Dan Bastie

Dan Bastie headshot

The program seemed like a perfect combination of a tradition I could be proud of and a modern educational platform I could manage in my day-to-day craziness.

Q: “Tell us about yourself.”

A: “I grew up in Central Massachusetts then moved to New York, Maine, and now Vermont. I am married with two daughters. My daughters are 15 and 20 years old. One is in college at St. Lawrence University, and the other is in high school at Mount Mansfield. I enjoy the benefits of living in New England, including hiking, gardening, and just being outdoors.”

Q: “Please describe, briefly, your professional experience and current employment.”

A: “My professional life started as a paramedic. I worked full-time in emergency medical services in Syracuse, NY, and then Portland, Maine. In 2003, my role shifted from the ambulance to the classroom, and for the next 13 years, I taught paramedics while still practicing as an emergency medical provider part-time. In 2016, I became Chief of Emergency Medical Services for the State of Vermont and embarked upon a new path of public administration. I now am the Director of Emergency Preparedness, Response, and Injury Prevention for the Vermont Department of Health. In this role, I oversee not only emergency medical services but also numerous other preparedness functions for the state.”

Q: “Why did you choose Norwich?”

A: “I gravitated to Norwich because of its legacy and ethos. I have friends who are alumni, and I always appreciated their pride and admiration of what Norwich did for them. Because I could only be a part-time student, I looked for an online program that could accommodate a busy full-time life. Reading about the program, it seemed like a perfect combination of a tradition I could be proud of and a modern educational platform I could manage in my day-to-day craziness.”

Q: “Prior to beginning your courses, what were some of your expectations for an online degree program and how were those met or challenged based on your experience with Norwich?”

A: “I knew earning a master’s degree would be a challenge. Balancing work, family, and education is no small endeavor. The master’s program was indeed a challenge. I had to work hard to keep up and to maintain balance with everything else swirling around me. However, I found meaningful support and a system willing to work with me to overcome these challenges with Norwich. It was difficult, but I never felt alone in the process. From my fellow students to the faculty to the numerous other support staff, I very much benefited from their ongoing assistance and encouragement.”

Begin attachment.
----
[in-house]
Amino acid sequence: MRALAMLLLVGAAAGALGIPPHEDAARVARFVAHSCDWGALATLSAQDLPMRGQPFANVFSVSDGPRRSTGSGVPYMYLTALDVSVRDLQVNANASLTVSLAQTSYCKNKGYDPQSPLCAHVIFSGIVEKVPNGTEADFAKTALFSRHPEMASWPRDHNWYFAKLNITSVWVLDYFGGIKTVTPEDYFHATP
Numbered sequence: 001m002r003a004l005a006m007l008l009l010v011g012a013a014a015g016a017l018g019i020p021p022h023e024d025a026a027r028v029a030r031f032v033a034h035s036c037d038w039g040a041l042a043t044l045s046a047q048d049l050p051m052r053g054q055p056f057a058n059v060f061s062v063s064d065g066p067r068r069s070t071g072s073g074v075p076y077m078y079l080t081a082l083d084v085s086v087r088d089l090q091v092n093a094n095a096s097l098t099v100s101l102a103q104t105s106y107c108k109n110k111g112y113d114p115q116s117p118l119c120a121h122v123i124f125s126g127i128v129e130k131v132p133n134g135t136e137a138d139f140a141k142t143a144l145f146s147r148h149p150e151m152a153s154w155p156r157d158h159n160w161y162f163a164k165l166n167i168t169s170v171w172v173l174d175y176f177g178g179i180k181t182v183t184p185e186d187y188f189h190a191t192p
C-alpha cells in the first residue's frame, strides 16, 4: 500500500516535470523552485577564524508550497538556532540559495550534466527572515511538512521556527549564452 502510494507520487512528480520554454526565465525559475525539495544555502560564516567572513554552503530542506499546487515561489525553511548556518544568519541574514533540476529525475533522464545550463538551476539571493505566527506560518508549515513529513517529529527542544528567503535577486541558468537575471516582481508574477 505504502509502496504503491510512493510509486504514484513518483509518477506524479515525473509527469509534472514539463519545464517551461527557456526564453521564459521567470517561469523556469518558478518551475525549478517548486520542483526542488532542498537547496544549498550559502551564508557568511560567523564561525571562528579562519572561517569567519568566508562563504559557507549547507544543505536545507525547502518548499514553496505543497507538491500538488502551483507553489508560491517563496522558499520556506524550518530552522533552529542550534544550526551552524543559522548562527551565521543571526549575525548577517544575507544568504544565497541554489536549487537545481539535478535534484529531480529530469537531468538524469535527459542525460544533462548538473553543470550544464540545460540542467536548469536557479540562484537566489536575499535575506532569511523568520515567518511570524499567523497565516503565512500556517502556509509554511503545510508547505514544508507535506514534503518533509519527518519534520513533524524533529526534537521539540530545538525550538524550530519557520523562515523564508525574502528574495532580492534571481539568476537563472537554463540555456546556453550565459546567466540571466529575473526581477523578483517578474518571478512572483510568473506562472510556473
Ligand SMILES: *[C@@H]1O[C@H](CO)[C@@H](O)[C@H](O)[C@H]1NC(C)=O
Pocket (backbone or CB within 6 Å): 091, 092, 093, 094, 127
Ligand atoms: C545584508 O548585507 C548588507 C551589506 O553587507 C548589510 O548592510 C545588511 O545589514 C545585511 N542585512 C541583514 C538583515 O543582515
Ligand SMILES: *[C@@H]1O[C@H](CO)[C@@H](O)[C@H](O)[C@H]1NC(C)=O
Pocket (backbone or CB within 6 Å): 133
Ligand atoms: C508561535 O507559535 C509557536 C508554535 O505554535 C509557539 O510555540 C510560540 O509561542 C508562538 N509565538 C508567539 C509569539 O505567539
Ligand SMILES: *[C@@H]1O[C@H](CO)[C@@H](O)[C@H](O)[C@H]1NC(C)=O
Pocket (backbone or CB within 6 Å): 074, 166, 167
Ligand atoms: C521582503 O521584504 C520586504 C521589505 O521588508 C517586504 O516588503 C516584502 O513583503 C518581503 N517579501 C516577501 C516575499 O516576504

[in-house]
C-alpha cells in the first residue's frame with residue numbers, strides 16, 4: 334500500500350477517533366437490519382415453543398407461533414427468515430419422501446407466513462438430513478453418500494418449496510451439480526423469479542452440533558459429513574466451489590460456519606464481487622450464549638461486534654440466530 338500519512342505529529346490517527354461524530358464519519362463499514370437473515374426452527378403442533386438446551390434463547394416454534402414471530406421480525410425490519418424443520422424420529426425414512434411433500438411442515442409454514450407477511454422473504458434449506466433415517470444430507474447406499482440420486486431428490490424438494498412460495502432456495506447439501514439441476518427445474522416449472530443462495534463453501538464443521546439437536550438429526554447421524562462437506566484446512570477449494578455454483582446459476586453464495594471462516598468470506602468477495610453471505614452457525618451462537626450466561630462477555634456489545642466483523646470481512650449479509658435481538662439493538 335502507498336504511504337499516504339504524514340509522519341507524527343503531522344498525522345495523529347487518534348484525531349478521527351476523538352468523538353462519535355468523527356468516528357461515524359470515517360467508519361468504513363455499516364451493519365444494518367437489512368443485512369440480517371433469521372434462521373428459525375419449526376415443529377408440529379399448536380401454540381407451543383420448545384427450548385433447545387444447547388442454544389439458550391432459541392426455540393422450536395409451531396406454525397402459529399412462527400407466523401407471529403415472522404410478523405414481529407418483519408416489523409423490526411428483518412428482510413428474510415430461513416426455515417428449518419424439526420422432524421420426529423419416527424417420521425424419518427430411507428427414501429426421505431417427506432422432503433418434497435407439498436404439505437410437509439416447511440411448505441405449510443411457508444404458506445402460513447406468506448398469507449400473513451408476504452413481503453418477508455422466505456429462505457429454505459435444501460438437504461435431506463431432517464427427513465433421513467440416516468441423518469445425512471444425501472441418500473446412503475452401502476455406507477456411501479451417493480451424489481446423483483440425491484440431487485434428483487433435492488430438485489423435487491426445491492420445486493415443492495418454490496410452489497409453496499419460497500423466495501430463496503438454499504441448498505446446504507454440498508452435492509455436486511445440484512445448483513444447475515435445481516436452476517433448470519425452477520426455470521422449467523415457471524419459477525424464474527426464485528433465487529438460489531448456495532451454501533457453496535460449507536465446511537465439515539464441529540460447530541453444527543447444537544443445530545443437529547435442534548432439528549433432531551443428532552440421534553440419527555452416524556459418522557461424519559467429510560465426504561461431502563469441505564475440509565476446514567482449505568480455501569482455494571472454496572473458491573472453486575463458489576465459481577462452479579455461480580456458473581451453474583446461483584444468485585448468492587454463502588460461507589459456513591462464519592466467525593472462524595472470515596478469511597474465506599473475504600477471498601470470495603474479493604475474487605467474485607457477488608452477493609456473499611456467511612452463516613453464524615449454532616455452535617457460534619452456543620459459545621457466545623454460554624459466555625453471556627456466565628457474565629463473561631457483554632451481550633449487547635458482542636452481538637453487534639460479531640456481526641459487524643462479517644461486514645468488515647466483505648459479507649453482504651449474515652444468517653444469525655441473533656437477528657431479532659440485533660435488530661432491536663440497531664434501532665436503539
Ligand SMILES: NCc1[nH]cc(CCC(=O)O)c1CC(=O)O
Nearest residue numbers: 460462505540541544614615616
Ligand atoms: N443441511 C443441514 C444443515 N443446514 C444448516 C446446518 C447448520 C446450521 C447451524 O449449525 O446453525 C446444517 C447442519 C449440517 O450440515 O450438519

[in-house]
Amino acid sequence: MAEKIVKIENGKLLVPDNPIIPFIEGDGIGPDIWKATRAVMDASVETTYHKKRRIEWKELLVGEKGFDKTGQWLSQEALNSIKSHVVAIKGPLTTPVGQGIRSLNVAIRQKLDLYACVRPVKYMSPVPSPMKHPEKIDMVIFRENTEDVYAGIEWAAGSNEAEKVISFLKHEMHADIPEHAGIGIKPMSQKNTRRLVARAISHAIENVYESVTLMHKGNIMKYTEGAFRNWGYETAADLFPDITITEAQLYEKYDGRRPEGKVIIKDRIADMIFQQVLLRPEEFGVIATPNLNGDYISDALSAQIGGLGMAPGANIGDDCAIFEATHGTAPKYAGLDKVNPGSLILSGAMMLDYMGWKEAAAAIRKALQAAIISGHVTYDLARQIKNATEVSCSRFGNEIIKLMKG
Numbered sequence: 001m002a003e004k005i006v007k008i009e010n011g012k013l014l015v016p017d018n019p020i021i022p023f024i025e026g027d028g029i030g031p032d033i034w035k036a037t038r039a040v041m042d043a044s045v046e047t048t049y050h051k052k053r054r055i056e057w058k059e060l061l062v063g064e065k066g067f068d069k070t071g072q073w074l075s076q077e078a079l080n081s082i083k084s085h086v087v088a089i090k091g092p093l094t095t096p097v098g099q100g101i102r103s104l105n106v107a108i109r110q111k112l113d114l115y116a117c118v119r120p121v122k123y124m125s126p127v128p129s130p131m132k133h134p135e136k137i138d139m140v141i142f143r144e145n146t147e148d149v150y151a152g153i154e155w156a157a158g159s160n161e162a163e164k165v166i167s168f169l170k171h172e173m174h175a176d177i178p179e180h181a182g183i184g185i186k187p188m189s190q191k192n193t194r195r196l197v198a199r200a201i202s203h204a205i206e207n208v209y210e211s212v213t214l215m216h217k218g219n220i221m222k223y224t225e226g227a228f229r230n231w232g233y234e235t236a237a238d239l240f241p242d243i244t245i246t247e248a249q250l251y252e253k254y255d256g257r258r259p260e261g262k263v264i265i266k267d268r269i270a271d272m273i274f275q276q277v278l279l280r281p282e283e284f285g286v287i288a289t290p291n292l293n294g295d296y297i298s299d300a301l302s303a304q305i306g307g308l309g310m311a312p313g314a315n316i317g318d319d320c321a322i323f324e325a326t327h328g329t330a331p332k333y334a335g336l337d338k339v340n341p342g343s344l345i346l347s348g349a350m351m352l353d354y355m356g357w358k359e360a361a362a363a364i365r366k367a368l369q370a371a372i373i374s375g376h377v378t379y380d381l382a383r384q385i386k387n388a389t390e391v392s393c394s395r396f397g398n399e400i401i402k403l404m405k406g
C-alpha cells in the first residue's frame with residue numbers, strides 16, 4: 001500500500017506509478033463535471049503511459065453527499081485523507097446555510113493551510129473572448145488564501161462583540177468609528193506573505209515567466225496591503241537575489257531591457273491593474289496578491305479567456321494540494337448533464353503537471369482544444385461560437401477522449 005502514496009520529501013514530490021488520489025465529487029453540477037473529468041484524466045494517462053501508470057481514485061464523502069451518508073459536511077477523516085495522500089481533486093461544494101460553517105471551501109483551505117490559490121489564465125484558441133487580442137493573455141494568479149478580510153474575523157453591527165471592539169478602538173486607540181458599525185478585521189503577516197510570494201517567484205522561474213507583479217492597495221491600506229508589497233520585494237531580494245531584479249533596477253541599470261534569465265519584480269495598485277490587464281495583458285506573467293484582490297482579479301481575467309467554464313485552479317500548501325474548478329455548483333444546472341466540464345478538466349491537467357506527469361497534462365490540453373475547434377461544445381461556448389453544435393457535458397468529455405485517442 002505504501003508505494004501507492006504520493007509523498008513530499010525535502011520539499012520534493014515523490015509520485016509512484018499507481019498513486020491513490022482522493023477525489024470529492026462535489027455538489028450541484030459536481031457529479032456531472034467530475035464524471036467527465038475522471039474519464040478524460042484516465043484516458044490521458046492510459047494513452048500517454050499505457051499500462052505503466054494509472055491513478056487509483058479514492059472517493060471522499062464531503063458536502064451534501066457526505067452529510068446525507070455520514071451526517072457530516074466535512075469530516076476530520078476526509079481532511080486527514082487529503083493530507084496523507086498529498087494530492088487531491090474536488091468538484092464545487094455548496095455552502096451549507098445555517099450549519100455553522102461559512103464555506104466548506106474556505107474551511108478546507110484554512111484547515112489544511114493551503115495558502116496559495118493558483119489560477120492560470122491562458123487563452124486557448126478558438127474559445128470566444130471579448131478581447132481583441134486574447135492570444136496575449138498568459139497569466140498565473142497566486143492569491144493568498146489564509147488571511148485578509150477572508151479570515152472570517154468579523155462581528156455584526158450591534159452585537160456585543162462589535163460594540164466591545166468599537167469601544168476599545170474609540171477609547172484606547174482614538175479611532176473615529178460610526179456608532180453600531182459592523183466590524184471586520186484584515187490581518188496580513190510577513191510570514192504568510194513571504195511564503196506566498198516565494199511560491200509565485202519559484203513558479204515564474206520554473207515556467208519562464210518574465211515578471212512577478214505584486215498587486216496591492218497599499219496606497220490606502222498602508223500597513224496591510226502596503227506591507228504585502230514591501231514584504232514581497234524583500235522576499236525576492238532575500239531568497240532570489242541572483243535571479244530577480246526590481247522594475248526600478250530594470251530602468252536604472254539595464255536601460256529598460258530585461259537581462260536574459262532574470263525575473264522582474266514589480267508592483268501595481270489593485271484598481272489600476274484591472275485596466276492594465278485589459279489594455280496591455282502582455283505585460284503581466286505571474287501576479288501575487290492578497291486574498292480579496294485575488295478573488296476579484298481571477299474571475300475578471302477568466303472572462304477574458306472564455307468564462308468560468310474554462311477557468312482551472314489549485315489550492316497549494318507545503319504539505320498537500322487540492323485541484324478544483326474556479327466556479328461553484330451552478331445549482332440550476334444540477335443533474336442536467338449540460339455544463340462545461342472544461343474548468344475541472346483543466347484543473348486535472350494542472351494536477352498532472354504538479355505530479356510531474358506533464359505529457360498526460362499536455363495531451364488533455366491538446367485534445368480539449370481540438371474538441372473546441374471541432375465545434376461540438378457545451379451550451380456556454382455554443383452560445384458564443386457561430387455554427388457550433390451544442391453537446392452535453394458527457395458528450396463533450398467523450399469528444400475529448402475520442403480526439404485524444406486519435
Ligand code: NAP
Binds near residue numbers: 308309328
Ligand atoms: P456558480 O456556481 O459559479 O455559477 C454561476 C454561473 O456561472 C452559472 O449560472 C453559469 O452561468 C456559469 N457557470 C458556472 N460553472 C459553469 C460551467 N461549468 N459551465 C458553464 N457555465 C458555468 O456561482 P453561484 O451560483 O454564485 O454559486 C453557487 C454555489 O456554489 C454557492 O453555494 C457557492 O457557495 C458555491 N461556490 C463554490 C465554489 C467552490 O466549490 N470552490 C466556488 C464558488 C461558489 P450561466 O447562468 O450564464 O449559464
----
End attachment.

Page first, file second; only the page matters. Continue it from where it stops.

Q: “What has been your biggest personal or professional success since starting and/or completing your coursework and degree? How did Norwich help you achieve this goal?”

A: “Three months after beginning my public administration program with a concentration in crisis leadership, the COVID-19 pandemic began. Because of department vacancies, I went from a junior section chief in the Department of Health to one of the incident managers in the Health Operations Center. In that role, I managed the incident command structure for Vermont’s COVID-19 response and was responsible for more than 600 deployed personnel.

I rapidly found myself balancing a formal master’s program and an unexpected and overwhelming, real-life, full-speed apprenticeship. I had to take one semester off as we set up the State Emergency Operations Center, and Norwich staff were completely supportive and worked with me to minimize the impact of my time away. When I resumed the program in the summer of 2020, it was fascinating to apply the theoretical lessons to the never-ending leadership challenges of the pandemic.”

Q: “What aspects of your Norwich experience will you carry most strongly with you?”

A: “I won’t soon forget the motto “I’ll try.” I cannot tell you how many times during the pandemic when faced with enormous challenges and seemingly insurmountable tasks, I repeated that motto in my head (and frequently out loud to my leadership). It offered an internal source of inspiration thinking of the many others who shared a similar experience.”